Tuesday, December 12, 2023

Poor results, high attrition compelled Cognizant board to act

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BENGALURU: Last October, Cognizant announced that Ravi Kumar will join the company as the president of the America region on January 16. But on Thursday, four days before January 16, the company board announced that the Infosys veteran would join as CEO, and that the incumbent, Brian Humphries, was stepping down.
Analysts believe the only reason for this sudden change was a recognition that investors were losing patience with the continuing underperformance under Humphries, and the hope that an experienced IT services hand like Kumar could turn things around. Revenue growth guidance had been lowered last year for three consecutive quarters, indicating that the management had lost grip on the business as its internal challenges outweighed the opportunities, especially when its peers were growing in double-digits. The company had five straight quarters of over 30% quarterly annualised attrition. In the last four years, its market cap has dropped from $34 billion to $32.9 billion. And the stock continues to trade at a discount to its Indian peers.
Stephen J Rohleder, chair of the board, said in a recent regulatory filing: “The Board is focused on positioning Cognizant to reaccelerate growth and drive shareholder value.”
Ray Wang, CEO of tech research & advisory firm Constellation Research, said the arrival of Ravi Kumar S was most likely a phased transition to CEO. “However, the level of employee attrition, poor results, and client complaints created this confluence of events that led to Ravi’s ascension,” he said.
Phil Fersht, CEO of global analyst firm HfS Research, said Kumar was being groomed to eventually take over from Humphries, but there was clearly a desire from some board members to make a swift change. “Whether Kumar gets a fresh slate will become apparent, but the company is in a strong financial position and the board must get behind the new CEO, who is hugely experienced and ambitious for the firm, with innovative ideas. Humphries enjoyed good support from this board in the past and I would be surprised if the board fails to support Kumar’s plans,” he said.
Kumar has a huge task cut out. The constant churn in the company’s senior leadership as Humphries tried to globalise the team had ramifications on the offshore leaders—over 100 VPs and SVPs exited the firm, the majority of that in India. “Some leadership changes were necessary when Brian assumed the CEO role. However, this spiralled out of the comfort zone by 2020,” said a note from Kotak Securities. The note said certain external hires did not have the best credentials, and there were a “few perplexing decisions, such as staying away from the mega-deals market.”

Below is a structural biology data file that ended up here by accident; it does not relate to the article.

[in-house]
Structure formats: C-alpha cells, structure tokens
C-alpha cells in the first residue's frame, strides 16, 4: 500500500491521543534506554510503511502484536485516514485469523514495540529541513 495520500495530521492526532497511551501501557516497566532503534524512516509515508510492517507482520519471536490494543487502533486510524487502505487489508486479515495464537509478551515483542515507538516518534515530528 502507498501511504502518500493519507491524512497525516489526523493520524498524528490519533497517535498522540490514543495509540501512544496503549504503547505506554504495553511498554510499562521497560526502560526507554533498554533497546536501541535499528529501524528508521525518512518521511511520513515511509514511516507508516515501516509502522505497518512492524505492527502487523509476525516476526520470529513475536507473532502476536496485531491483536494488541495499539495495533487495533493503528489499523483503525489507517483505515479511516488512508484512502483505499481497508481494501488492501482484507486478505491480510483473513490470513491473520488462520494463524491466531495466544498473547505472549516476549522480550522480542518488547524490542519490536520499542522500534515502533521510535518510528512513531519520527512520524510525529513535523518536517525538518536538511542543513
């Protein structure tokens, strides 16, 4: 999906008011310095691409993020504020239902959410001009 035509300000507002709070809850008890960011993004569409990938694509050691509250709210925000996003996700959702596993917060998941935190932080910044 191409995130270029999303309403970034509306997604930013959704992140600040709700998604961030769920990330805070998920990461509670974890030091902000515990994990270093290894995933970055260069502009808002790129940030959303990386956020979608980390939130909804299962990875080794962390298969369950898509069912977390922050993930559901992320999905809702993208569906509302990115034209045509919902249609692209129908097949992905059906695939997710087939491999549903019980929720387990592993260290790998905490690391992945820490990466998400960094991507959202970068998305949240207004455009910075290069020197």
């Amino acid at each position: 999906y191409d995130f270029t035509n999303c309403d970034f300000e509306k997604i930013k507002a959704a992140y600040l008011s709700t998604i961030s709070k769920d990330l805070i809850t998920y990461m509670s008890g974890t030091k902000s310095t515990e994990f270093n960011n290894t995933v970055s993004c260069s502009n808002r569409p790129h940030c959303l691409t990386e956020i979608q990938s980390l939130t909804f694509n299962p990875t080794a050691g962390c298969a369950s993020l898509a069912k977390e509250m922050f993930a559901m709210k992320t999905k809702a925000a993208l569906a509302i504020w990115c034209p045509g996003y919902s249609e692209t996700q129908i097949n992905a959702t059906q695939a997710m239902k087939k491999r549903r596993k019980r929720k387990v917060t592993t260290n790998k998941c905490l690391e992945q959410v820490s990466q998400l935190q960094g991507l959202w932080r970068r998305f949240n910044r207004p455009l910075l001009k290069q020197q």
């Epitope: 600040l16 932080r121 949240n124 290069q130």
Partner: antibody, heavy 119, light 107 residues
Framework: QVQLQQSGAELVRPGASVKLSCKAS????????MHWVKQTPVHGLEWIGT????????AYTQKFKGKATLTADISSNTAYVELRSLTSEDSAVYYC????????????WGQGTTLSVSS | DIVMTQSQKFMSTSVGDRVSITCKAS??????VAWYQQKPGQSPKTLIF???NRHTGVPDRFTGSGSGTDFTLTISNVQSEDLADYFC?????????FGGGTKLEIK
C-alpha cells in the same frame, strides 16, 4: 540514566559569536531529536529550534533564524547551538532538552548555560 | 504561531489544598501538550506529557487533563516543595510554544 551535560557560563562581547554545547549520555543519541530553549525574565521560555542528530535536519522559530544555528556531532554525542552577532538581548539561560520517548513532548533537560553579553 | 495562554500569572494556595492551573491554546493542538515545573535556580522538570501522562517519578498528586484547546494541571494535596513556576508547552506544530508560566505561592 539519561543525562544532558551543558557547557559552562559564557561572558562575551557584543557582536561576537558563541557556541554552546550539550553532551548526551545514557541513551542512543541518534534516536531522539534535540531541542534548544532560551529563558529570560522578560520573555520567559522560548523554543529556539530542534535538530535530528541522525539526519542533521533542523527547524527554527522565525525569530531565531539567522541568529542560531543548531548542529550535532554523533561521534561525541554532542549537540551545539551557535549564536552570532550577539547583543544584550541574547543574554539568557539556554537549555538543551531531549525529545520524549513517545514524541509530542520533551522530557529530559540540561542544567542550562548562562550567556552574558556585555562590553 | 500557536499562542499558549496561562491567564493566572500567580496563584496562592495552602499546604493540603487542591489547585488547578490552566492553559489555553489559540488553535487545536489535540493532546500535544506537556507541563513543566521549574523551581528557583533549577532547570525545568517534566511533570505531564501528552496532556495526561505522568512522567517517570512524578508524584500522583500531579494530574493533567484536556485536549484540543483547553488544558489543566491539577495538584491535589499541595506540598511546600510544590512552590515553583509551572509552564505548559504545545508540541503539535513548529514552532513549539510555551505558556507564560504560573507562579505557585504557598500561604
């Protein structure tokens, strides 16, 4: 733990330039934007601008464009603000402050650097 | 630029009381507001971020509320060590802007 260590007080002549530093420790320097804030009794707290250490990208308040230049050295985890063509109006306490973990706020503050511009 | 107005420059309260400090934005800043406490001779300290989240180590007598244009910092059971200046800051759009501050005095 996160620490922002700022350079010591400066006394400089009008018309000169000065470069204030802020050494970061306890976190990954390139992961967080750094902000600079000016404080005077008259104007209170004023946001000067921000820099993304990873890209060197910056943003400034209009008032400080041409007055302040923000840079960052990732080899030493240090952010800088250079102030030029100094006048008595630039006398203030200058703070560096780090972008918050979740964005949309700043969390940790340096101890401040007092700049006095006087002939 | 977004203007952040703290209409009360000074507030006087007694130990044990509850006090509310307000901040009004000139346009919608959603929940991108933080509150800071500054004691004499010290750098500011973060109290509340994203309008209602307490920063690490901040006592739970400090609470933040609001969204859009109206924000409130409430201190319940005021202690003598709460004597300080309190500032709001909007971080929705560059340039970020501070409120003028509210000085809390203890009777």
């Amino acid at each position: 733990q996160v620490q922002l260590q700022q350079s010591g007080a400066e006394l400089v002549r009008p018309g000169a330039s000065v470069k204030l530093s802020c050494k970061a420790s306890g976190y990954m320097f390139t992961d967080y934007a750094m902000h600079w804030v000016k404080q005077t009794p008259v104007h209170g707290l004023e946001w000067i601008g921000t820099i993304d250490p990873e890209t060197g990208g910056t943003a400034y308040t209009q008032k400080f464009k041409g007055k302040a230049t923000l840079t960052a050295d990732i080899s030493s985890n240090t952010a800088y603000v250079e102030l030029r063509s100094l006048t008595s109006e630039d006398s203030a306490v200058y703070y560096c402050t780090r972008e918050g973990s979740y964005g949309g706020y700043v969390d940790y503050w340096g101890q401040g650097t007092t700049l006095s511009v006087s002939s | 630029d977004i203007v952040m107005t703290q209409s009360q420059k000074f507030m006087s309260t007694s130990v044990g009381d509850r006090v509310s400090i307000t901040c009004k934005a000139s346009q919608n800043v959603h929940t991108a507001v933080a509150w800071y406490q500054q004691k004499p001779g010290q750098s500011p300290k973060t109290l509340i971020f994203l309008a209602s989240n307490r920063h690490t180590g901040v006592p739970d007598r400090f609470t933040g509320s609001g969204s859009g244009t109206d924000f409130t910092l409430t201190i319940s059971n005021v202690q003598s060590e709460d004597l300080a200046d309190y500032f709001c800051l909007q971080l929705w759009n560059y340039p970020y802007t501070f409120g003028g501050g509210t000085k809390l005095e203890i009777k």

Kotak’s analysts pointed out that any turnaround effort will need to address a few critical issues. “Stemming the loss of share in top accounts. This requires establishing strong connections with clients at the executive level, increasing sales effectiveness and getting the right delivery structure in place. Easing supply-side (people) pressures makes the last agenda easier. Cognizant needs to fix strategic bets, set the direction and create a more focused organisation. Getting the right leadership team and organisational structure in place. The leadership team thinned out due to the attrition of senior Cognizant folks during Brian’s tenure,” the note said.
TOI spoke to several seniors who left Cognizant, and their message was summarised by one of them: “The fabric is gone – you can’t rebuild culture overnight. Cognizant had a high-performance culture with loads of humility and camaraderie. He (Ravi) has to reunite the family.”

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